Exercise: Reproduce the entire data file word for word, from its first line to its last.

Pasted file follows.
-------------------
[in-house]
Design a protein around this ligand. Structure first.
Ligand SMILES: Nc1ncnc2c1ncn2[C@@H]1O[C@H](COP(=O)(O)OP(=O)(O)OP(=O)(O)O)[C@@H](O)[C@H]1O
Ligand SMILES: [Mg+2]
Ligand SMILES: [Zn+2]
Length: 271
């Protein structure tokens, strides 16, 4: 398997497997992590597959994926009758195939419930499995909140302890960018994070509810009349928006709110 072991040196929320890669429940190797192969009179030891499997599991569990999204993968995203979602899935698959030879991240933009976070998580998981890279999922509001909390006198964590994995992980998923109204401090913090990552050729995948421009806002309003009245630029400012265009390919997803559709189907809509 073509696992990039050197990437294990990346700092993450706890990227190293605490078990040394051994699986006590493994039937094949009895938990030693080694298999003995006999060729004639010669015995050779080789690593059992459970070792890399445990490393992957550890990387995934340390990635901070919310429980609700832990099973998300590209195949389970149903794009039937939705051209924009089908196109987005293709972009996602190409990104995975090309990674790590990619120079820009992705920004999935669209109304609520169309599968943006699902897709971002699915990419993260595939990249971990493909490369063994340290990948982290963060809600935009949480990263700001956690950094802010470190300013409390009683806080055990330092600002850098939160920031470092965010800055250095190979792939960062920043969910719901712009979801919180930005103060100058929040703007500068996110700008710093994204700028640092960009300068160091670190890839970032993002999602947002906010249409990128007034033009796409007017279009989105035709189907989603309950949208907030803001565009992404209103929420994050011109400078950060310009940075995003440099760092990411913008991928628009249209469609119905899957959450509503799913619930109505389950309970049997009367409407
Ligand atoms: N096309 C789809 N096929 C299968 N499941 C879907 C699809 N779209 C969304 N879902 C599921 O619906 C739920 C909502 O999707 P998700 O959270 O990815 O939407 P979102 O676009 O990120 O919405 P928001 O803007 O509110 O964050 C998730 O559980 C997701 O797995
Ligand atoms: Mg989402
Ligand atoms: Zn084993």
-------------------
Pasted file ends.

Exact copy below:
[in-house]
Design a protein around this ligand. Structure first.
Ligand SMILES: Nc1ncnc2c1ncn2[C@@H]1O[C@H](COP(=O)(O)OP(=O)(O)OP(=O)(O)O)[C@@H](O)[C@H]1O
Ligand SMILES: [Mg+2]
Ligand SMILES: [Zn+2]
Length: 271
């Protein structure tokens, strides 16, 4: 398997497997992590597959994926009758195939419930499995909140302890960018994070509810009349928006709110 072991040196929320890669429940190797192969009179030891499997599991569990999204993968995203979602899935698959030879991240933009976070998580998981890279999922509001909390006198964590994995992980998923109204401090913090990552050729995948421009806002309003009245630029400012265009390919997803559709189907809509 073509696992990039050197990437294990990346700092993450706890990227190293605490078990040394051994699986006590493994039937094949009895938990030693080694298999003995006999060729004639010669015995050779080789690593059992459970070792890399445990490393992957550890990387995934340390990635901070919310429980609700832990099973998300590209195949389970149903794009039937939705051209924009089908196109987005293709972009996602190409990104995975090309990674790590990619120079820009992705920004999935669209109304609520169309599968943006699902897709971002699915990419993260595939990249971990493909490369063994340290990948982290963060809600935009949480990263700001956690950094802010470190300013409390009683806080055990330092600002850098939160920031470092965010800055250095190979792939960062920043969910719901712009979801919180930005103060100058929040703007500068996110700008710093994204700028640092960009300068160091670190890839970032993002999602947002906010249409990128007034033009796409007017279009989105035709189907989603309950949208907030803001565009992404209103929420994050011109400078950060310009940075995003440099760092990411913008991928628009249209469609119905899957959450509503799913619930109505389950309970049997009367409407
Ligand atoms: N096309 C789809 N096929 C299968 N499941 C879907 C699809 N779209 C969304 N879902 C599921 O619906 C739920 C909502 O999707 P998700 O959270 O990815 O939407 P979102 O676009 O990120 O919405 P928001 O803007 O509110 O964050 C998730 O559980 C997701 O797995
Ligand atoms: Mg989402
Ligand atoms: Zn084993």